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CRN comments on proposed draft standard for fish oils

CRN comments on proposed draft standard for fish oils

Council details its suggestions. Read the full letter here.

January 15, 2013

Secretariat, Codex Alimentarius Commission, Joint WHO/FAO Food Standards Programme
Malaysian Secretariat for CCFO, Food Safety and Quality Division, Ministry of Health Malaysia

Re: Proposed Draft Standard for Fish Oils

Dear Secretariat, Codex Alimentarius Commission:

The Council for Responsible Nutrition (CRN) submits this letter on behalf of its members to provide comments on the Proposed Draft Standard for Fish Oils. CRN is an international non-governmental organization (NGO) officially recognized by the Codex Alimentarius for more than a decade. CRN has participated as a Codex Observer on the eWG responsible for the development of the Proposed Draft Standard for Fish Oils.

CRN represents the interests of U.S. and international companies involved in the dietary/food supplement industry. CRN staff and representatives commonly participate in several Codex meetings each year, with emphasis on the CAC, CCNFSDU, CCGP, and CCFL. CRN frequently submits written comments on scientific and technical issues, including nutrient risk assessment, nutrient reference values, health claims, and proper uses of precaution.

Summary of recommendations:

  • We recommend that the process steps for concentrated oils be removed from section 2.5.
  • We request a more in-depth review of the data used to develop Table 1 to ensure scientific validity.
  • We recommend incorporating realistic oxidation parameters for flavored fish oils.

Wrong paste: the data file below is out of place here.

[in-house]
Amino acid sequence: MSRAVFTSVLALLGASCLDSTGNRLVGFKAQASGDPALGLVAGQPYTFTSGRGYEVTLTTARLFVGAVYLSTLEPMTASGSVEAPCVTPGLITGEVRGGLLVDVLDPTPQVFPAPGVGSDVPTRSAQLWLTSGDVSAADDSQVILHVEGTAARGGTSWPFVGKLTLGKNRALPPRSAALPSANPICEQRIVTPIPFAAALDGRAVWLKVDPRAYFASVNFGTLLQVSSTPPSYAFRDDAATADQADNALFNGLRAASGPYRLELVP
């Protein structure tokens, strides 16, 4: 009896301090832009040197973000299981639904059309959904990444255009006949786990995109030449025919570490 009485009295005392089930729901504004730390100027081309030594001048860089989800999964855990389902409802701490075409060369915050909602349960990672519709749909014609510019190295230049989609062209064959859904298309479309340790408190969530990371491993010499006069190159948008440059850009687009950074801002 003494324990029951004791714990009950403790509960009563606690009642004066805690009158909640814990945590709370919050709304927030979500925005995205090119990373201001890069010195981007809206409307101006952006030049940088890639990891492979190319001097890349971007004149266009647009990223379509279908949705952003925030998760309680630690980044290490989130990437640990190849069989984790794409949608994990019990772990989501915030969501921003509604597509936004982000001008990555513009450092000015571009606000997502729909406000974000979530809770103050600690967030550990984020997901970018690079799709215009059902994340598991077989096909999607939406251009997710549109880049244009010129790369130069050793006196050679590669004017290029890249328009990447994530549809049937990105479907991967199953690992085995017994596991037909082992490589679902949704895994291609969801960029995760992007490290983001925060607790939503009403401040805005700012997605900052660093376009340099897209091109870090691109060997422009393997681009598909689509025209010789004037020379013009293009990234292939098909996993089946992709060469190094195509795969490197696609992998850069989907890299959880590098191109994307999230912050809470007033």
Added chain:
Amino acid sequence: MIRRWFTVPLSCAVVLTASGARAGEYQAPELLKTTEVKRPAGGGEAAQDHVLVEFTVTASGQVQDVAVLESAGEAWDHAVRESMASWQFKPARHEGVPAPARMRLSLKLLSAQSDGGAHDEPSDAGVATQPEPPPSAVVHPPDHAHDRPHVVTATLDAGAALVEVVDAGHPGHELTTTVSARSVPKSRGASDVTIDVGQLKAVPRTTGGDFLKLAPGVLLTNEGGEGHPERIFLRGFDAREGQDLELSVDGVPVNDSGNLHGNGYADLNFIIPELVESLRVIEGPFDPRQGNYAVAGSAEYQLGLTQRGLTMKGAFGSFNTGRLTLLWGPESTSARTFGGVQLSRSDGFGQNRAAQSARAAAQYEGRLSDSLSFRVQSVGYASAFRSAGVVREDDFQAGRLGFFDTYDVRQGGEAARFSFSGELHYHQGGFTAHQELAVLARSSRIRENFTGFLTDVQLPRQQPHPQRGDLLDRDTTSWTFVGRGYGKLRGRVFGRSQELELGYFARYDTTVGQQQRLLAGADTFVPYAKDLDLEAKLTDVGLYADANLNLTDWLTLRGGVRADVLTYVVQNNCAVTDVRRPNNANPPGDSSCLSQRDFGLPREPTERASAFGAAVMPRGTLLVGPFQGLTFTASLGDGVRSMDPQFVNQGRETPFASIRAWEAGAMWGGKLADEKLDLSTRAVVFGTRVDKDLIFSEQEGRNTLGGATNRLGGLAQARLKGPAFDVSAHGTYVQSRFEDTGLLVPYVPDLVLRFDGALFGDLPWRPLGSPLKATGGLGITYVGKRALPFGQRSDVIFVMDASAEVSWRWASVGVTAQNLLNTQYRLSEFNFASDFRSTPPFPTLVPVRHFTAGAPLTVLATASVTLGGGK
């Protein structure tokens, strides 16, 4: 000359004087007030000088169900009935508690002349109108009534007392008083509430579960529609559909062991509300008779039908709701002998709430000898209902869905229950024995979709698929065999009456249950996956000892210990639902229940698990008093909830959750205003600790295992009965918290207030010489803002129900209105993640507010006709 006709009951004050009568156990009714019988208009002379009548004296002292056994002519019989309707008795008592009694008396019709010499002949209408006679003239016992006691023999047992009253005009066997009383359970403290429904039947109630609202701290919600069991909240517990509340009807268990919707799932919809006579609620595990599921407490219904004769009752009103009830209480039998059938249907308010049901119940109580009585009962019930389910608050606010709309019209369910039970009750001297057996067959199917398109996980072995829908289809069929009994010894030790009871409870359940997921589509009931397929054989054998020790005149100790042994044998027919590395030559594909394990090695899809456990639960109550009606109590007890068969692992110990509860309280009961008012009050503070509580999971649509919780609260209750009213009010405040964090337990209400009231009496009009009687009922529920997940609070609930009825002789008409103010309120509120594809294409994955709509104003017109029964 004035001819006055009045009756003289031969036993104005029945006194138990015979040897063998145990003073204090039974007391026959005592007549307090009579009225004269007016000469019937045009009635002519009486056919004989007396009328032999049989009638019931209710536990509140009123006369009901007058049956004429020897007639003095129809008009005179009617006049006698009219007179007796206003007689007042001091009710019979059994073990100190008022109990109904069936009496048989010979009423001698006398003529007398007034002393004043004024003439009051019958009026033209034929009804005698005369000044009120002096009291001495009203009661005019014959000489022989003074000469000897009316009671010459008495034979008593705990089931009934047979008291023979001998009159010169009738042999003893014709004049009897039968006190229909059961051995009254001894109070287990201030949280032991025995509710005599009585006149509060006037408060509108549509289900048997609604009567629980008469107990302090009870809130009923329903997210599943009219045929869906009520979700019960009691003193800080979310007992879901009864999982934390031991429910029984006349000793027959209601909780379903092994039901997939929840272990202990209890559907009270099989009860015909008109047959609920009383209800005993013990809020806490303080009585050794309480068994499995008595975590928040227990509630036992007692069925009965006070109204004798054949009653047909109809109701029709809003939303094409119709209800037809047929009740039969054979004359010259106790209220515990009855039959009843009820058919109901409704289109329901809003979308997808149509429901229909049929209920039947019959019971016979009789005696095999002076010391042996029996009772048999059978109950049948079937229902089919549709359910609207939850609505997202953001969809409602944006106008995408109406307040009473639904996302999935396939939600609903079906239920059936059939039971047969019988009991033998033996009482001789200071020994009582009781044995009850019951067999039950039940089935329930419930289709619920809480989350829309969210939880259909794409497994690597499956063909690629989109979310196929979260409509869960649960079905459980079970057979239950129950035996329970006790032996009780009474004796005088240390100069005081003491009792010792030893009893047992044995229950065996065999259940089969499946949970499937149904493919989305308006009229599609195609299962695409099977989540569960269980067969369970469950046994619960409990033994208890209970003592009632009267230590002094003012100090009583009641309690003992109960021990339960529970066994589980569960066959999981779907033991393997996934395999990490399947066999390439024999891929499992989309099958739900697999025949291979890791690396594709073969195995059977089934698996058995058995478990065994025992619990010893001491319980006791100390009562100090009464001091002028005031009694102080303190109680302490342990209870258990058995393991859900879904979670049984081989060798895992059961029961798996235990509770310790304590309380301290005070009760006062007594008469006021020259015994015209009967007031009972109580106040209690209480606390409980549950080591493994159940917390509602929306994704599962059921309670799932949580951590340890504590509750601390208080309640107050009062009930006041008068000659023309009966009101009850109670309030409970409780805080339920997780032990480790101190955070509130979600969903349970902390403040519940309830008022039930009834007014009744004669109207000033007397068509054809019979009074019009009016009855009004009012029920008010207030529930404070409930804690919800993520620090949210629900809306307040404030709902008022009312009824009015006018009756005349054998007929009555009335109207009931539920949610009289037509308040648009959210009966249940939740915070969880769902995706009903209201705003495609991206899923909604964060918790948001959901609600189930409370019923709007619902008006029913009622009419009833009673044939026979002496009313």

• We recommend that the issue of additives used in fish oils be deferred to the Codex Committee on Food Additives.
  • We recommend that the issue of contaminants in fish oils be deferred to the Codex Committee on Contaminants in Foods.
  • We recommend that the issue of analytical methods be deferred to the Codex Committee on Methods of Analysis and Sampling.

Further details on these recommendations are outlined below.

Section 2.5, Concentrated fish oils

The process definitions should be removed because they are too restrictive and limit future innovations in fish oil processing. There is no need to list steps used to concentrate oils for it could be misconstrued that these are the only steps allowed. The art and science of concentrating oils is always evolving and innovation is an important part of fish oil refining. CRN is concerned that a list of specific steps that can be used to concentrate oil may not cover all methods currently in use, and may hamper future innovation.

We recommend that the process steps be removed from section 2.5.

Section 3.1, GLC Ranges of fatty acid composition
CRN is significantly concerned with Table 1 on fatty acid profiles for named fish oils. Table 1 was designed to provide a tool to identify named fish oils as per their fatty acid profiles. However, CRN questions the validity and/or reproducibility of the data provided. We are concerned that the source of data for named fish oils cannot be traced to specific fishing zones and years. We question whether the data listed for each named fish oil in Table 1 are representative of all the major global fisheries. Furthermore, CRN is aware that the data in Table 1 have not been confirmed by a qualified entity or third party.